Picking up the Government Slack

What does civic spirit mean in the age of shrinking municipal budgets?

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They could’ve slept in. They could’ve stayed in that pre-2006 slumber, in which their taxes paid for their communities to be cleaned and maintained. Because that’s what tax-funded agencies are for, right? Instead, more than 70 volunteers got up on Saturday morning, Sept. 24, and came to their neighborhood park in Aliante to pick up trash, wash the picnic benches, trim shrubs and paint the curbs. Kids wore work gloves and civic smiles; the smell of paint mixed with the smell of fresh-cut grass.

A table was set up with Dunkin’ Donuts and water; a picnic was scheduled for lunch. The massive cleanup at Deer Springs Park was prompted by a single resident’s complaint to the Aliante Master Association, which made its way to Excellence Community Management, and to the city of North Las Vegas, which is ultimately responsible for the upkeep of the city park.

But the city had laid off more than 50 percent of its maintenance crew in the last year in a catastrophic budget shortfall, and had fewer resources to devote to power-spraying ramada roofs, painting over graffiti or chipping gum off of playground equipment. Here, then, was the public-public partnership of sorts: The neighbors who use the park initiated an effort to take care of it themselves, despite paying taxes for such services. Welcome to community care 2011.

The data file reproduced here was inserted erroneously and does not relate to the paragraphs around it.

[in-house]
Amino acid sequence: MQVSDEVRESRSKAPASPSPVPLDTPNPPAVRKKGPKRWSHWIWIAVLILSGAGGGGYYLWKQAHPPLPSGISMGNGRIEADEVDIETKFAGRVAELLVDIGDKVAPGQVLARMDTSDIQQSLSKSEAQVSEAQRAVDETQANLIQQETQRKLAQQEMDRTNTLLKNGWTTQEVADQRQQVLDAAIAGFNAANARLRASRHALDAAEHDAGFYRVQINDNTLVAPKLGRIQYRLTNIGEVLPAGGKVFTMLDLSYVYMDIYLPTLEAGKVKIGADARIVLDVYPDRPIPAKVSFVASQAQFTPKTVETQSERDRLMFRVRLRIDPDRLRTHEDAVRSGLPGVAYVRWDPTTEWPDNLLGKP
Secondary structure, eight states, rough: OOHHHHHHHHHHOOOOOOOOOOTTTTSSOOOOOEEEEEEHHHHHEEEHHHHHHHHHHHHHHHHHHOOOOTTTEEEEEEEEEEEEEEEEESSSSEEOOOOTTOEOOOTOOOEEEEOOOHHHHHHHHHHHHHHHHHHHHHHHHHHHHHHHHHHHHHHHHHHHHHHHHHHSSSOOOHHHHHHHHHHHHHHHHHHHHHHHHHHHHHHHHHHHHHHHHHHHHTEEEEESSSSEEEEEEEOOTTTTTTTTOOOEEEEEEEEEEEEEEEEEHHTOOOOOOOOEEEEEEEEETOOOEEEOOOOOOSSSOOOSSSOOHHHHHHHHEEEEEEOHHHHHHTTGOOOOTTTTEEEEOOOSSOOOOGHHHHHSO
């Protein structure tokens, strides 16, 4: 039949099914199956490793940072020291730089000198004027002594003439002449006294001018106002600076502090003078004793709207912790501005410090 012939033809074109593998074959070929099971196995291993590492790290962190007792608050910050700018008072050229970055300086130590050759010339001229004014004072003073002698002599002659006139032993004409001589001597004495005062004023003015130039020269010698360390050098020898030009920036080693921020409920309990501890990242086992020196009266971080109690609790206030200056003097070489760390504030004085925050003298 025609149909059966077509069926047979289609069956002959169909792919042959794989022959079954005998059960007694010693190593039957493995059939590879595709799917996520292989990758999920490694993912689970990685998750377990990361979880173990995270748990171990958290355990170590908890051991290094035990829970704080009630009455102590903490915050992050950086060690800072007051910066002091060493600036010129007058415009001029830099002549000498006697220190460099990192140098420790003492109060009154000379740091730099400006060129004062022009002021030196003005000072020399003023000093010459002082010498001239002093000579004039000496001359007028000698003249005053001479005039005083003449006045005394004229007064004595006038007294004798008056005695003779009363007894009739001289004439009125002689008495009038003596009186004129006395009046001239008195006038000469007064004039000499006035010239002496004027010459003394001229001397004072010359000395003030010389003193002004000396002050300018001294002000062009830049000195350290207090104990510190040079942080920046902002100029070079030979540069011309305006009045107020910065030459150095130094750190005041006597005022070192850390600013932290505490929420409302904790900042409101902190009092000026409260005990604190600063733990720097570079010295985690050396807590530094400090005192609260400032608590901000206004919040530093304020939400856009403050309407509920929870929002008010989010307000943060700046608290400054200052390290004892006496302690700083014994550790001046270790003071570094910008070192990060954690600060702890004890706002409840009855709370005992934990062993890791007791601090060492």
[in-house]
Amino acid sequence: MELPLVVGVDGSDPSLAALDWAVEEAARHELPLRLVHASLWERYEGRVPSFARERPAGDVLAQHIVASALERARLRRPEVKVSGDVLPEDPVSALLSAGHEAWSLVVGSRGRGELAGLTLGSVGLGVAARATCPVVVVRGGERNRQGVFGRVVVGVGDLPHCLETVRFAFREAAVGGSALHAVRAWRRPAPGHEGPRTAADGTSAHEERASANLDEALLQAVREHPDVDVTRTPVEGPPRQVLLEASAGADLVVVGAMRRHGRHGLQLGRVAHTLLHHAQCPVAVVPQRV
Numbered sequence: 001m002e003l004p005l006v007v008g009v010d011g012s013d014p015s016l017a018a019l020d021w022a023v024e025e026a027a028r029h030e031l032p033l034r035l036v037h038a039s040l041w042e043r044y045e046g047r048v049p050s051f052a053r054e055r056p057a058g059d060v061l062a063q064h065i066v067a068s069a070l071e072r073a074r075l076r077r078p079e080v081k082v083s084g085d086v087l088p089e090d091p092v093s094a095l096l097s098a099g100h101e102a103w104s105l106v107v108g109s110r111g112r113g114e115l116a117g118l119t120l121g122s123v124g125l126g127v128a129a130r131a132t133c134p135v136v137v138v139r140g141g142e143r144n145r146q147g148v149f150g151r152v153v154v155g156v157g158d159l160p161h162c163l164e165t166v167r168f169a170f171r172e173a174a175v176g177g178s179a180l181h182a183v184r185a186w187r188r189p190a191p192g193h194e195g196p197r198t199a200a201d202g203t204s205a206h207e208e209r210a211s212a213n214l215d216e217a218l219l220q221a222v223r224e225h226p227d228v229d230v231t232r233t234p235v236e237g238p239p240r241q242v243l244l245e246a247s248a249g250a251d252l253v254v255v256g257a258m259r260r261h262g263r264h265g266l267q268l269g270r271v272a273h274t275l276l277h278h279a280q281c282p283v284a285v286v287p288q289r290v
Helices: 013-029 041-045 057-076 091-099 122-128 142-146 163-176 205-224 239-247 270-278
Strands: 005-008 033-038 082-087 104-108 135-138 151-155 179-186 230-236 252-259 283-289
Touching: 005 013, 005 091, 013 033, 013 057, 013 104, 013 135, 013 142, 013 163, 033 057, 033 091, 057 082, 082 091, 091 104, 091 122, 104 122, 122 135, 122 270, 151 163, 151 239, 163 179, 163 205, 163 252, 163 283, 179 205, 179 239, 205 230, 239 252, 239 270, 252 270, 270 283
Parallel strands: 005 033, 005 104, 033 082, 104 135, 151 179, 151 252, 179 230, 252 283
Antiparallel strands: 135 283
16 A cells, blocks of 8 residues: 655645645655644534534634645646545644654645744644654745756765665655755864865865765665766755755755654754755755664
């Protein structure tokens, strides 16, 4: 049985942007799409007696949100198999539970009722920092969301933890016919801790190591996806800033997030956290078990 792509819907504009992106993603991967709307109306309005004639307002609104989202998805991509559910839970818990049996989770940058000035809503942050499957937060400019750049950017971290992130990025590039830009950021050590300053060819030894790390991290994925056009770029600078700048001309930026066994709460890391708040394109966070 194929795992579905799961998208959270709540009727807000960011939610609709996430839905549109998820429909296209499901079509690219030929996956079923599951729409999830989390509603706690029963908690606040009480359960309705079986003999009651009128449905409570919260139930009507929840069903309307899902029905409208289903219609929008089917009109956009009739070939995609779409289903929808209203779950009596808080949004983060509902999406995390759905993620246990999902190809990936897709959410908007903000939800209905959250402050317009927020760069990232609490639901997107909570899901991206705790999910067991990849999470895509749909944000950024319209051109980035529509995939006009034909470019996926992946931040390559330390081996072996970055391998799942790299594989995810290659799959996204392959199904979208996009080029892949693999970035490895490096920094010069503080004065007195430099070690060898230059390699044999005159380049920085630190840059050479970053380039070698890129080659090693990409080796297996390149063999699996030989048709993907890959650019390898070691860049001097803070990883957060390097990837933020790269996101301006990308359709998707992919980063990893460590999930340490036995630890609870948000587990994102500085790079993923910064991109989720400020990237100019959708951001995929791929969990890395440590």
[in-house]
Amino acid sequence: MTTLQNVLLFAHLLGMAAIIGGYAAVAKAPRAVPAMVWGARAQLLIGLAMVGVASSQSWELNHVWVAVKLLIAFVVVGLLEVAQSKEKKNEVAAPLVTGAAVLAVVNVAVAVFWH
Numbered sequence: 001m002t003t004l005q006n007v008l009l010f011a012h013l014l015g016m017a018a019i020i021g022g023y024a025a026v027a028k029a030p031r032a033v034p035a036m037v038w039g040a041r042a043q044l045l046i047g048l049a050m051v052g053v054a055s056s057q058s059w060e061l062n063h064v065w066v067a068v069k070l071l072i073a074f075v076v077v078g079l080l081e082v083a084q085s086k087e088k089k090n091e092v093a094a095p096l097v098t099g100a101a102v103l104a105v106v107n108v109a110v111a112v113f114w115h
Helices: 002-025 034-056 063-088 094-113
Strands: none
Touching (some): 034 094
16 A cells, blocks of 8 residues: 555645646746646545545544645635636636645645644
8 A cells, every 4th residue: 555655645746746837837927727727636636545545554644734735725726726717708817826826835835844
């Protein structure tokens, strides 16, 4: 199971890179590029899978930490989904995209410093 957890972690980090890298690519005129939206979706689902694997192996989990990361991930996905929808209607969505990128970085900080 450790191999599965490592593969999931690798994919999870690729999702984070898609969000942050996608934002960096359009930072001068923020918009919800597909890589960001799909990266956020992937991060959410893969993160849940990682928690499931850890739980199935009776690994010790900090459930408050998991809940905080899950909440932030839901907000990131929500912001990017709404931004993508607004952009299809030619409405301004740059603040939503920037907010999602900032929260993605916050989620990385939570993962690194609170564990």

Park services and graffiti abatement are often the first services to get cut in municipal budgets nationwide—and communities from Anchorage to Atlanta are picking up the slack, rather than letting rundown public properties further depress property values—or their sense of community pride. In Atlanta, the National Recreation and Park Association teamed with community organizations to overhaul a 45-year-old, 6-acre park downtown. In Washington, D.C., a 70-year-old park was brought back to life by a community alliance called Washington Parks & People.

In New York, the owner of a cleaning company simply volunteered to clean up a neighborhood park after the city let it go without maintenance: “I love New York. New York is full of tourists. … I’d hate people to go back home and start talking about how dirty New York was,” Armando Gonzalez, owner of Sunshine Best Cleaning, told the New York Daily News in August.

The crucial question brought about by the Aliante cleanup was whether we should help our ailing municipalities by contributing sweat equity. As North Las Vegas slips down the budget abyss, should we get groups together to clean the streets, fill the potholes and plant a few flowers, while still paying taxes? Should we patrol the neighborhood looking for crime—think Neighborhood Watch programs—and maybe round up lost dogs or pull weeds on streetsides? Three points come to mind: the spirit of community, the importance of shared public spaces like parks and the degree to which we are willing to cut off our noses to spite our faces when it comes to holding governments accountable for our tax dollars.